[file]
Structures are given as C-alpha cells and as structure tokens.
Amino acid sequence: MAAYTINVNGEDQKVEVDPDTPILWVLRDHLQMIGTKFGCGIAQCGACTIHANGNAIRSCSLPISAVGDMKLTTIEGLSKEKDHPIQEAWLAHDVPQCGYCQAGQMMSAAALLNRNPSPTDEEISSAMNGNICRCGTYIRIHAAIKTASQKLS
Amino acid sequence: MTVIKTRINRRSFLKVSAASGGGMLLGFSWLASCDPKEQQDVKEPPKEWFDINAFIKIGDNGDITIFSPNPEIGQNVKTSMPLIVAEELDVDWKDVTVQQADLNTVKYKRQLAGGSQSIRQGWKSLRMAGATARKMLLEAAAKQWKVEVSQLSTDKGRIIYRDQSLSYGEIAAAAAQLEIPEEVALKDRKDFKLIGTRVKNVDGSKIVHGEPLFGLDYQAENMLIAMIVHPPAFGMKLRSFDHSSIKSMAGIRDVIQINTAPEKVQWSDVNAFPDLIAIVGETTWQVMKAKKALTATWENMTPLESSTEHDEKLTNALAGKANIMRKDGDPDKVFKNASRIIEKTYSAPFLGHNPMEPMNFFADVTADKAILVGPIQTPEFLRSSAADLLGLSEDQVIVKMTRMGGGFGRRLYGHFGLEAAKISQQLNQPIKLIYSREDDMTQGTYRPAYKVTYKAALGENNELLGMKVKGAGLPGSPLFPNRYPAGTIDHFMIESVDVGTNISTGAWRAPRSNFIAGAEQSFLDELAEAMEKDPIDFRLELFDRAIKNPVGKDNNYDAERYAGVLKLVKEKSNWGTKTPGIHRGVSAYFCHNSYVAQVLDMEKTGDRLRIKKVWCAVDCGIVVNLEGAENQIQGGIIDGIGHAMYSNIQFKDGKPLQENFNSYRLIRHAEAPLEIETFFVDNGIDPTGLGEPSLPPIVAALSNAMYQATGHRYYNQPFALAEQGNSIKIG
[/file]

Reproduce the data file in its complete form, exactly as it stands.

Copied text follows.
Structures are given as C-alpha cells and as structure tokens.
Amino acid sequence: MAAYTINVNGEDQKVEVDPDTPILWVLRDHLQMIGTKFGCGIAQCGACTIHANGNAIRSCSLPISAVGDMKLTTIEGLSKEKDHPIQEAWLAHDVPQCGYCQAGQMMSAAALLNRNPSPTDEEISSAMNGNICRCGTYIRIHAAIKTASQKLS
Amino acid sequence: MTVIKTRINRRSFLKVSAASGGGMLLGFSWLASCDPKEQQDVKEPPKEWFDINAFIKIGDNGDITIFSPNPEIGQNVKTSMPLIVAEELDVDWKDVTVQQADLNTVKYKRQLAGGSQSIRQGWKSLRMAGATARKMLLEAAAKQWKVEVSQLSTDKGRIIYRDQSLSYGEIAAAAAQLEIPEEVALKDRKDFKLIGTRVKNVDGSKIVHGEPLFGLDYQAENMLIAMIVHPPAFGMKLRSFDHSSIKSMAGIRDVIQINTAPEKVQWSDVNAFPDLIAIVGETTWQVMKAKKALTATWENMTPLESSTEHDEKLTNALAGKANIMRKDGDPDKVFKNASRIIEKTYSAPFLGHNPMEPMNFFADVTADKAILVGPIQTPEFLRSSAADLLGLSEDQVIVKMTRMGGGFGRRLYGHFGLEAAKISQQLNQPIKLIYSREDDMTQGTYRPAYKVTYKAALGENNELLGMKVKGAGLPGSPLFPNRYPAGTIDHFMIESVDVGTNISTGAWRAPRSNFIAGAEQSFLDELAEAMEKDPIDFRLELFDRAIKNPVGKDNNYDAERYAGVLKLVKEKSNWGTKTPGIHRGVSAYFCHNSYVAQVLDMEKTGDRLRIKKVWCAVDCGIVVNLEGAENQIQGGIIDGIGHAMYSNIQFKDGKPLQENFNSYRLIRHAEAPLEIETFFVDNGIDPTGLGEPSLPPIVAALSNAMYQATGHRYYNQPFALAEQGNSIKIG